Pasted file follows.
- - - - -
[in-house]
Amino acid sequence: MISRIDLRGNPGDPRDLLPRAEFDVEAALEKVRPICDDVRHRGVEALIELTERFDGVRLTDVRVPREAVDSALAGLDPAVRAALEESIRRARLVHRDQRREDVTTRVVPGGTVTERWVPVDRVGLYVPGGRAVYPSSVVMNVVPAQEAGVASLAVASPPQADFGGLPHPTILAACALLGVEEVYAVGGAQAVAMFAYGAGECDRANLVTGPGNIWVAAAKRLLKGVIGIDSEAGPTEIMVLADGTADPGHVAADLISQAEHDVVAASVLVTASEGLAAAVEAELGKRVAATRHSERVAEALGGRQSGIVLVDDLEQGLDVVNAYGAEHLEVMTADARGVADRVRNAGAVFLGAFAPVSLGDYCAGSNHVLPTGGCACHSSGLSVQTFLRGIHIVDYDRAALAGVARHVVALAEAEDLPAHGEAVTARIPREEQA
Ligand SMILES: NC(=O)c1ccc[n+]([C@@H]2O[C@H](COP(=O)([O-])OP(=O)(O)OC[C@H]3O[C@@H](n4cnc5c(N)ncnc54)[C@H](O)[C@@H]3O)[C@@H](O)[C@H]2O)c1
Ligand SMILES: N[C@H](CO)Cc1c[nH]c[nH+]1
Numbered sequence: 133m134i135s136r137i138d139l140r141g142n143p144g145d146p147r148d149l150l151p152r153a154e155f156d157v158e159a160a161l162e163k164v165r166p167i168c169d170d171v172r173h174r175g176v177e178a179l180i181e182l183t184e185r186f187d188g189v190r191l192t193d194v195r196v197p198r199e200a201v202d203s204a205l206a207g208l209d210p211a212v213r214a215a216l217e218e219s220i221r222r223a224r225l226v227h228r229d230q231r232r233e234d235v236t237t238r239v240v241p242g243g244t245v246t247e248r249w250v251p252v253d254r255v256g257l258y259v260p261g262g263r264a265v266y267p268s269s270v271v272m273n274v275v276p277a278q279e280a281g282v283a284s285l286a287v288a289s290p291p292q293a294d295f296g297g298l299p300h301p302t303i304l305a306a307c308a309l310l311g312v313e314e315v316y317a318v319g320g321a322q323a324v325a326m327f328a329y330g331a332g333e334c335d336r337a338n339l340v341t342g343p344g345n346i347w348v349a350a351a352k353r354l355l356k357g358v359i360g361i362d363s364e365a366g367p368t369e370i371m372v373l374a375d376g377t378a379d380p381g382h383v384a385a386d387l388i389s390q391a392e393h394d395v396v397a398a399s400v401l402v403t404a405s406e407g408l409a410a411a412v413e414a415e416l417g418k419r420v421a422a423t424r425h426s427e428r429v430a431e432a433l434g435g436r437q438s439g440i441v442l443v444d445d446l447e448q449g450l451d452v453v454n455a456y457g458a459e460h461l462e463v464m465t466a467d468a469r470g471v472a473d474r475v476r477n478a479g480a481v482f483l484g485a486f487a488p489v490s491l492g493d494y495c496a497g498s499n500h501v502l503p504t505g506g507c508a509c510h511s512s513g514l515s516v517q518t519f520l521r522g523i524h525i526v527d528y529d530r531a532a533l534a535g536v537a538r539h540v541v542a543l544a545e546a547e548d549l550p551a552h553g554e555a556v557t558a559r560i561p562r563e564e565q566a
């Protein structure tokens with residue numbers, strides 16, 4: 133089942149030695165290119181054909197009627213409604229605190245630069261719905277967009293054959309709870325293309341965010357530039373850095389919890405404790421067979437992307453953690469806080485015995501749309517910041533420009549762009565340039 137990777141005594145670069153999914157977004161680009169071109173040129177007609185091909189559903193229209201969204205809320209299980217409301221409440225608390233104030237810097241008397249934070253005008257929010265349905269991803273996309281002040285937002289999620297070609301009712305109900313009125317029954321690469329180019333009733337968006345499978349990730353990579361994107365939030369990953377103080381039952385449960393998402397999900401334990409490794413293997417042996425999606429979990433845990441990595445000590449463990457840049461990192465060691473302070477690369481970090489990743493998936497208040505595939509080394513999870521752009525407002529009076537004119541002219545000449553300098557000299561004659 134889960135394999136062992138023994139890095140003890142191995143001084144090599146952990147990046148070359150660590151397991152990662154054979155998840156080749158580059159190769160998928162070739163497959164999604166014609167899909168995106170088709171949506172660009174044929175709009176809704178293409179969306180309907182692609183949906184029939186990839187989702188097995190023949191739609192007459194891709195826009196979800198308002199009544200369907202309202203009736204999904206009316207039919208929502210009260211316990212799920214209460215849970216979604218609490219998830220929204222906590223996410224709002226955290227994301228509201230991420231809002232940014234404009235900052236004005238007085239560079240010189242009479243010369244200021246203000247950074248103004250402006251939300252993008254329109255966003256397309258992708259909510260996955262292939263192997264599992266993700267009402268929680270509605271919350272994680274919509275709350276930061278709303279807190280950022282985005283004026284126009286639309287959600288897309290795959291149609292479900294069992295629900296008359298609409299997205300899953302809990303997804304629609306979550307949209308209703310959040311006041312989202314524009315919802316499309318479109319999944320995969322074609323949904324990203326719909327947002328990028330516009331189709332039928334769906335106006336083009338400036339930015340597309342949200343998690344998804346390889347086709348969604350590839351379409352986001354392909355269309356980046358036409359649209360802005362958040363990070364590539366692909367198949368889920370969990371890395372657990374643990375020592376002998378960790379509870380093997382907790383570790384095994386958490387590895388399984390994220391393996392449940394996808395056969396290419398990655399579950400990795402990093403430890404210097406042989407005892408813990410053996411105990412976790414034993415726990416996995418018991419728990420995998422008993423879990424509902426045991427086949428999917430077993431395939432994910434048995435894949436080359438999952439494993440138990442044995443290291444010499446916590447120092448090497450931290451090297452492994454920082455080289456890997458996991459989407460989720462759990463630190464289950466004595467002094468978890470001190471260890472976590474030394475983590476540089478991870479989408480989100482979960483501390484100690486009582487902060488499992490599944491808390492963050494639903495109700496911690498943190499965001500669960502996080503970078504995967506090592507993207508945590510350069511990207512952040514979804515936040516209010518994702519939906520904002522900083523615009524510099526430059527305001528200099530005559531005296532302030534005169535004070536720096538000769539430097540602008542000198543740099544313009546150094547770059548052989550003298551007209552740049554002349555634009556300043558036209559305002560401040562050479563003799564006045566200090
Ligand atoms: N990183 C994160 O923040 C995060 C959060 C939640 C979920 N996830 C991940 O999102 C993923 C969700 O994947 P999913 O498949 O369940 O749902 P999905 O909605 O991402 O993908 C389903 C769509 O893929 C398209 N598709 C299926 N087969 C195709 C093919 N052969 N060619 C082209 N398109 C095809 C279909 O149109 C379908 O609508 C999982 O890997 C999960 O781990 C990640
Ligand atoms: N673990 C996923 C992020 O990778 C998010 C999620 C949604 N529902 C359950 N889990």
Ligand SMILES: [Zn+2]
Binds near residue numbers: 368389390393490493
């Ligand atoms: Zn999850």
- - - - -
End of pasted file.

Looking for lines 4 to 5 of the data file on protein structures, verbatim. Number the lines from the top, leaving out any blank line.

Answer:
Ligand SMILES: N[C@H](CO)Cc1c[nH]c[nH+]1
Numbered sequence: 133m134i135s136r137i138d139l140r141g142n143p144g145d146p147r148d149l150l151p152r153a154e155f156d157v158e159a160a161l162e163k164v165r166p167i168c169d170d171v172r173h174r175g176v177e178a179l180i181e182l183t184e185r186f187d188g189v190r191l192t193d194v195r196v197p198r199e200a201v202d203s204a205l206a207g208l209d210p211a212v213r214a215a216l217e218e219s220i221r222r223a224r225l226v227h228r229d230q231r232r233e234d235v236t237t238r239v240v241p242g243g244t245v246t247e248r249w250v251p252v253d254r255v256g257l258y259v260p261g262g263r264a265v266y267p268s269s270v271v272m273n274v275v276p277a278q279e280a281g282v283a284s285l286a287v288a289s290p291p292q293a294d295f296g297g298l299p300h301p302t303i304l305a306a307c308a309l310l311g312v313e314e315v316y317a318v319g320g321a322q323a324v325a326m327f328a329y330g331a332g333e334c335d336r337a338n339l340v341t342g343p344g345n346i347w348v349a350a351a352k353r354l355l356k357g358v359i360g361i362d363s364e365a366g367p368t369e370i371m372v373l374a375d376g377t378a379d380p381g382h383v384a385a386d387l388i389s390q391a392e393h394d395v396v397a398a399s400v401l402v403t404a405s406e407g408l409a410a411a412v413e414a415e416l417g418k419r420v421a422a423t424r425h426s427e428r429v430a431e432a433l434g435g436r437q438s439g440i441v442l443v444d445d446l447e448q449g450l451d452v453v454n455a456y457g458a459e460h461l462e463v464m465t466a467d468a469r470g471v472a473d474r475v476r477n478a479g480a481v482f483l484g485a486f487a488p489v490s491l492g493d494y495c496a497g498s499n500h501v502l503p504t505g506g507c508a509c510h511s512s513g514l515s516v517q518t519f520l521r522g523i524h525i526v527d528y529d530r531a532a533l534a535g536v537a538r539h540v541v542a543l544a545e546a547e548d549l550p551a552h553g554e555a556v557t558a559r560i561p562r563e564e565q566a